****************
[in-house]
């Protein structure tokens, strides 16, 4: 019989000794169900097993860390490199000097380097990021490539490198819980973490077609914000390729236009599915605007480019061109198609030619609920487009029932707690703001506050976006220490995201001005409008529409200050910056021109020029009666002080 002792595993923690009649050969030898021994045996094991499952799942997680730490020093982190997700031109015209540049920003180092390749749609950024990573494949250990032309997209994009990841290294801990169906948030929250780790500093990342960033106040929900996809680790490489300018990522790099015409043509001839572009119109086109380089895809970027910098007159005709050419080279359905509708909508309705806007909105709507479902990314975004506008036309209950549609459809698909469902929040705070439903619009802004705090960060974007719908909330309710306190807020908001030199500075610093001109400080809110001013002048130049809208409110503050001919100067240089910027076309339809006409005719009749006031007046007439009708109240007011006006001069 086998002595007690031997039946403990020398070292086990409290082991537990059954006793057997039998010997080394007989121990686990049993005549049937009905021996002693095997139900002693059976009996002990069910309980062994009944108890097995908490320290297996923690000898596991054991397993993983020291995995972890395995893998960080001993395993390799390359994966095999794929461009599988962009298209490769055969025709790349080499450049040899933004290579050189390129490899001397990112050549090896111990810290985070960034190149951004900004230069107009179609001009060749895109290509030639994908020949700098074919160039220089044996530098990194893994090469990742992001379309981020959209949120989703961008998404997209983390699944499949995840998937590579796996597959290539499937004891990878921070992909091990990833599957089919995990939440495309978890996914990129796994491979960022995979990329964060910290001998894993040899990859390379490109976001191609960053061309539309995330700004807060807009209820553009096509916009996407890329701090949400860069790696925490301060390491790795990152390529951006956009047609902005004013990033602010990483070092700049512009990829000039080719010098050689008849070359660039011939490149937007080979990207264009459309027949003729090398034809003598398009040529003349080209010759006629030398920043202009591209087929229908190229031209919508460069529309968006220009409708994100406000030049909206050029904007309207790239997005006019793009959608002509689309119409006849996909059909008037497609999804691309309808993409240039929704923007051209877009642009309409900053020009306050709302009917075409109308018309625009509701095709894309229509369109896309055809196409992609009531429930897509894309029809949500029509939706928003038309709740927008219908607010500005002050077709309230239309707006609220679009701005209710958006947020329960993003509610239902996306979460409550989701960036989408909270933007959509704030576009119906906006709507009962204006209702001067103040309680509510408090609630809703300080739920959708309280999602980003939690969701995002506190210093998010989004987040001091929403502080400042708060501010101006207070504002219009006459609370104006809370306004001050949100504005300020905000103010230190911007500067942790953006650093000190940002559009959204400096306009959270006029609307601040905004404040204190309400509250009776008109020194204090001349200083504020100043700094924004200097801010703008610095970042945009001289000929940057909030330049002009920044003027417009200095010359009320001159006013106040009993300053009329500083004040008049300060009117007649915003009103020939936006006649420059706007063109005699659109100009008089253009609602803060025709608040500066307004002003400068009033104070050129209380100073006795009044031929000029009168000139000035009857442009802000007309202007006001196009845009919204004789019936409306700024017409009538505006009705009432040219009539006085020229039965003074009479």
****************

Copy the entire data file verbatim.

[in-house]
């Protein structure tokens, strides 16, 4: 019989000794169900097993860390490199000097380097990021490539490198819980973490077609914000390729236009599915605007480019061109198609030619609920487009029932707690703001506050976006220490995201001005409008529409200050910056021109020029009666002080 002792595993923690009649050969030898021994045996094991499952799942997680730490020093982190997700031109015209540049920003180092390749749609950024990573494949250990032309997209994009990841290294801990169906948030929250780790500093990342960033106040929900996809680790490489300018990522790099015409043509001839572009119109086109380089895809970027910098007159005709050419080279359905509708909508309705806007909105709507479902990314975004506008036309209950549609459809698909469902929040705070439903619009802004705090960060974007719908909330309710306190807020908001030199500075610093001109400080809110001013002048130049809208409110503050001919100067240089910027076309339809006409005719009749006031007046007439009708109240007011006006001069 086998002595007690031997039946403990020398070292086990409290082991537990059954006793057997039998010997080394007989121990686990049993005549049937009905021996002693095997139900002693059976009996002990069910309980062994009944108890097995908490320290297996923690000898596991054991397993993983020291995995972890395995893998960080001993395993390799390359994966095999794929461009599988962009298209490769055969025709790349080499450049040899933004290579050189390129490899001397990112050549090896111990810290985070960034190149951004900004230069107009179609001009060749895109290509030639994908020949700098074919160039220089044996530098990194893994090469990742992001379309981020959209949120989703961008998404997209983390699944499949995840998937590579796996597959290539499937004891990878921070992909091990990833599957089919995990939440495309978890996914990129796994491979960022995979990329964060910290001998894993040899990859390379490109976001191609960053061309539309995330700004807060807009209820553009096509916009996407890329701090949400860069790696925490301060390491790795990152390529951006956009047609902005004013990033602010990483070092700049512009990829000039080719010098050689008849070359660039011939490149937007080979990207264009459309027949003729090398034809003598398009040529003349080209010759006629030398920043202009591209087929229908190229031209919508460069529309968006220009409708994100406000030049909206050029904007309207790239997005006019793009959608002509689309119409006849996909059909008037497609999804691309309808993409240039929704923007051209877009642009309409900053020009306050709302009917075409109308018309625009509701095709894309229509369109896309055809196409992609009531429930897509894309029809949500029509939706928003038309709740927008219908607010500005002050077709309230239309707006609220679009701005209710958006947020329960993003509610239902996306979460409550989701960036989408909270933007959509704030576009119906906006709507009962204006209702001067103040309680509510408090609630809703300080739920959708309280999602980003939690969701995002506190210093998010989004987040001091929403502080400042708060501010101006207070504002219009006459609370104006809370306004001050949100504005300020905000103010230190911007500067942790953006650093000190940002559009959204400096306009959270006029609307601040905004404040204190309400509250009776008109020194204090001349200083504020100043700094924004200097801010703008610095970042945009001289000929940057909030330049002009920044003027417009200095010359009320001159006013106040009993300053009329500083004040008049300060009117007649915003009103020939936006006649420059706007063109005699659109100009008089253009609602803060025709608040500066307004002003400068009033104070050129209380100073006795009044031929000029009168000139000035009857442009802000007309202007006001196009845009919204004789019936409306700024017409009538505006009705009432040219009539006085020229039965003074009479």